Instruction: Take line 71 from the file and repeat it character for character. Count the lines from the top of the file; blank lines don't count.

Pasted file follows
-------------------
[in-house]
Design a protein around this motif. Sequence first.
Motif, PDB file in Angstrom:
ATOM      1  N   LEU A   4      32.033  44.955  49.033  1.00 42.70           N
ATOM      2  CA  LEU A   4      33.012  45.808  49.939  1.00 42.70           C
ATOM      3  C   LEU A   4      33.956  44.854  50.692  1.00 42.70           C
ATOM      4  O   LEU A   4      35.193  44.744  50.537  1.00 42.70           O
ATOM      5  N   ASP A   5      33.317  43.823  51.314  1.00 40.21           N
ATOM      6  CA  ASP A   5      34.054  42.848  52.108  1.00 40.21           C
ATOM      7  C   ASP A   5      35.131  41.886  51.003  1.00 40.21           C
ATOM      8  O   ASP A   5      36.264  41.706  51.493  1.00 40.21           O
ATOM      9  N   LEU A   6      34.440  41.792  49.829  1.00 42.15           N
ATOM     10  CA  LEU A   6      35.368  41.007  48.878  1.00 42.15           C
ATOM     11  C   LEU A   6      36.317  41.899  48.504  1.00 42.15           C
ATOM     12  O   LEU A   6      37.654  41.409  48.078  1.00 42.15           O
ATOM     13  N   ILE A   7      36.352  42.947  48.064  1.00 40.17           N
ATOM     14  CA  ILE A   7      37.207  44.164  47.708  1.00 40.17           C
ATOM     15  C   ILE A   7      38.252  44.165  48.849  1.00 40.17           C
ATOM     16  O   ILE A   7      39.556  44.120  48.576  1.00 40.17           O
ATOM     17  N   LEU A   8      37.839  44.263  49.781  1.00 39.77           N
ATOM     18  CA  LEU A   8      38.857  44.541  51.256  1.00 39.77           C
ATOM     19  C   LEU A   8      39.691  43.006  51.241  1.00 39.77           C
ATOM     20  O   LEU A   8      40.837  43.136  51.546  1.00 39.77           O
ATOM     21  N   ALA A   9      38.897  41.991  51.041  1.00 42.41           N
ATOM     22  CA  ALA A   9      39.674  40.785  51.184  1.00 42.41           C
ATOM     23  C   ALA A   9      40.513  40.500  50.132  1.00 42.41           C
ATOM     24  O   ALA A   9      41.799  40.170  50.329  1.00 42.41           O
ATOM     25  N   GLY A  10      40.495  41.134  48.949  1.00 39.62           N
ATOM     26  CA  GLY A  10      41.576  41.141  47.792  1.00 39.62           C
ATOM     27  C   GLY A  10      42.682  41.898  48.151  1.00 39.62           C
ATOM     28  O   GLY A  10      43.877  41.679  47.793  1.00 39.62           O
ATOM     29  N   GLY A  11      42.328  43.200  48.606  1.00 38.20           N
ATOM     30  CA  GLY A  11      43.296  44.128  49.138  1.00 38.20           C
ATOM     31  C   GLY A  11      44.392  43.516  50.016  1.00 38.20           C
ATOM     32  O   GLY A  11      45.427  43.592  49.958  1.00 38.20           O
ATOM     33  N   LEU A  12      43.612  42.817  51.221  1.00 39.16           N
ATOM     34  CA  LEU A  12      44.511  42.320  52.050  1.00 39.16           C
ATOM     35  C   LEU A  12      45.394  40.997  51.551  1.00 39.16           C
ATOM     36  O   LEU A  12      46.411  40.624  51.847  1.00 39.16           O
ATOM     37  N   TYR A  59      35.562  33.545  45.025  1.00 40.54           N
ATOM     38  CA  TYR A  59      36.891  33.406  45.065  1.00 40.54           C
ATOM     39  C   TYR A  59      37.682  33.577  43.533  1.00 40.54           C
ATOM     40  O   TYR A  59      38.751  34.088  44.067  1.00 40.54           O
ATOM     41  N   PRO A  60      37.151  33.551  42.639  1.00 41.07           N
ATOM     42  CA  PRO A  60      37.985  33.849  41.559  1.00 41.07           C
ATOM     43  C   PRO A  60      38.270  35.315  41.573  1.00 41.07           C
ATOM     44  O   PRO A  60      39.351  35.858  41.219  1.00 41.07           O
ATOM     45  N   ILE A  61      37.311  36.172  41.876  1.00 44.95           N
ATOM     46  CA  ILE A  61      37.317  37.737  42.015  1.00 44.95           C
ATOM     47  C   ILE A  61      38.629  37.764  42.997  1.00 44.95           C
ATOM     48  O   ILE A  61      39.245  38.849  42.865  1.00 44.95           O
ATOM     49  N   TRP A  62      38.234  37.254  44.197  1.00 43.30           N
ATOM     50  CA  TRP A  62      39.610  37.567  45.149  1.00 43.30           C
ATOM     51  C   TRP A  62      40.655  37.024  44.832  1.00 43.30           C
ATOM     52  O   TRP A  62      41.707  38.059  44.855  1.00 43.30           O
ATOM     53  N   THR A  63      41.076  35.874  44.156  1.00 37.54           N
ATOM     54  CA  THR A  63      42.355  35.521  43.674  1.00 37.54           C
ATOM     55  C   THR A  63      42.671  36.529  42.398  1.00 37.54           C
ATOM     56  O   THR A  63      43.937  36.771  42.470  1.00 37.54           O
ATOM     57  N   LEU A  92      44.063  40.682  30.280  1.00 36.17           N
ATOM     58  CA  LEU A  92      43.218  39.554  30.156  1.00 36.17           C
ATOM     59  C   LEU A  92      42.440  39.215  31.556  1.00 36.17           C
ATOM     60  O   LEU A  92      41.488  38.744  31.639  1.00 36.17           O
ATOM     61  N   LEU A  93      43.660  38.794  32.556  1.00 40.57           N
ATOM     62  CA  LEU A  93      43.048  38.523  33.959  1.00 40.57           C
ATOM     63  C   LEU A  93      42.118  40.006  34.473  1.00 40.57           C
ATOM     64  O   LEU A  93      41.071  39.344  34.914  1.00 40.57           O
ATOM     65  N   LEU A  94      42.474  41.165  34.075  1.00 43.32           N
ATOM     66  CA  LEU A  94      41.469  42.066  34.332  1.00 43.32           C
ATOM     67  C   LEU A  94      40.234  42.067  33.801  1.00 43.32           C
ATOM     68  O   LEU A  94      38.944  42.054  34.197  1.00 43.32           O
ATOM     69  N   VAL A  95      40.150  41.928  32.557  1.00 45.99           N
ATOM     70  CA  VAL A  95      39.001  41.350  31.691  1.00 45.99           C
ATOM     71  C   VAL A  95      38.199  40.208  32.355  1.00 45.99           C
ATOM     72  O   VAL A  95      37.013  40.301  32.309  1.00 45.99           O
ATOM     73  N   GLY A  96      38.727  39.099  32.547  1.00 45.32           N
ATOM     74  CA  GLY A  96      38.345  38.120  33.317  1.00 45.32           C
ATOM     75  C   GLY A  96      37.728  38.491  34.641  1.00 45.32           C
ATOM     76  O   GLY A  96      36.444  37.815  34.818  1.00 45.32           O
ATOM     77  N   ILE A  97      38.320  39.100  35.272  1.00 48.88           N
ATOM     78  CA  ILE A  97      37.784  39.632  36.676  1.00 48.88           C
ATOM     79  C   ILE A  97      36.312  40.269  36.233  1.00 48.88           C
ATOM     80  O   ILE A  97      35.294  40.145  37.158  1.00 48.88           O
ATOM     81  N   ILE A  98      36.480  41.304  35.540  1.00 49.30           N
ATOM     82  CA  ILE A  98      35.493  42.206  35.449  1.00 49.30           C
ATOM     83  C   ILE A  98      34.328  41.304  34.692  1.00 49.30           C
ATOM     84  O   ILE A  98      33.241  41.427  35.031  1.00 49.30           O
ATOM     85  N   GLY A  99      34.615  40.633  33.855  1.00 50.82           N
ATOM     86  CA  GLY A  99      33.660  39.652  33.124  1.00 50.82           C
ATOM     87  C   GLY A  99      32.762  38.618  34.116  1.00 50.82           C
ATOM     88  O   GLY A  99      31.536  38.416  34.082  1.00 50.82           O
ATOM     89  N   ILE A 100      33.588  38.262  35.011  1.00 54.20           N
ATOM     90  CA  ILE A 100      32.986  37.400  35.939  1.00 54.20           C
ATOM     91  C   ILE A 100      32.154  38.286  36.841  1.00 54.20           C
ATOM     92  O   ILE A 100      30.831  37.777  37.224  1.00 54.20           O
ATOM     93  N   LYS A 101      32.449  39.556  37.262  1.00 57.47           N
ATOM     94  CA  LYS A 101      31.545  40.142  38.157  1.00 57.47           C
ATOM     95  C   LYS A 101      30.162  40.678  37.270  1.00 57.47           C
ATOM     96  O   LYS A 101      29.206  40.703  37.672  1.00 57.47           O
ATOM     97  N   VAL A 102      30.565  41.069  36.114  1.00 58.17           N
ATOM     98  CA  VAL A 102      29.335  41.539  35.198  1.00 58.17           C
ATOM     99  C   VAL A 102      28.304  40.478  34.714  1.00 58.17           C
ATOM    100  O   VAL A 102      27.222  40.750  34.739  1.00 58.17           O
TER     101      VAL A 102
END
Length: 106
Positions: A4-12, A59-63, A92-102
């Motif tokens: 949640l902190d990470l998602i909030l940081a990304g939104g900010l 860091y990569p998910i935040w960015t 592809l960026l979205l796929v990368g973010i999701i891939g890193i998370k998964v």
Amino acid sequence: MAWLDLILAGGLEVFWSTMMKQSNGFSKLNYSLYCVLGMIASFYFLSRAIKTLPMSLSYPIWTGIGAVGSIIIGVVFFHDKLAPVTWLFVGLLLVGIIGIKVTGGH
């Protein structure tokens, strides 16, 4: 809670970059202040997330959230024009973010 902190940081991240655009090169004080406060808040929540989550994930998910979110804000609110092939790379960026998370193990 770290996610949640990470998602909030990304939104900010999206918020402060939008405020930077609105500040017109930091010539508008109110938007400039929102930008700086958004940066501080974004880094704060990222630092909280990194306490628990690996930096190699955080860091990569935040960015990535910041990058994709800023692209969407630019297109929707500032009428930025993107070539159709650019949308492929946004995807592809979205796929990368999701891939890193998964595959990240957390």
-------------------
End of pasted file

ATOM     68  O   LEU A  94      38.944  42.054  34.197  1.00 43.32           O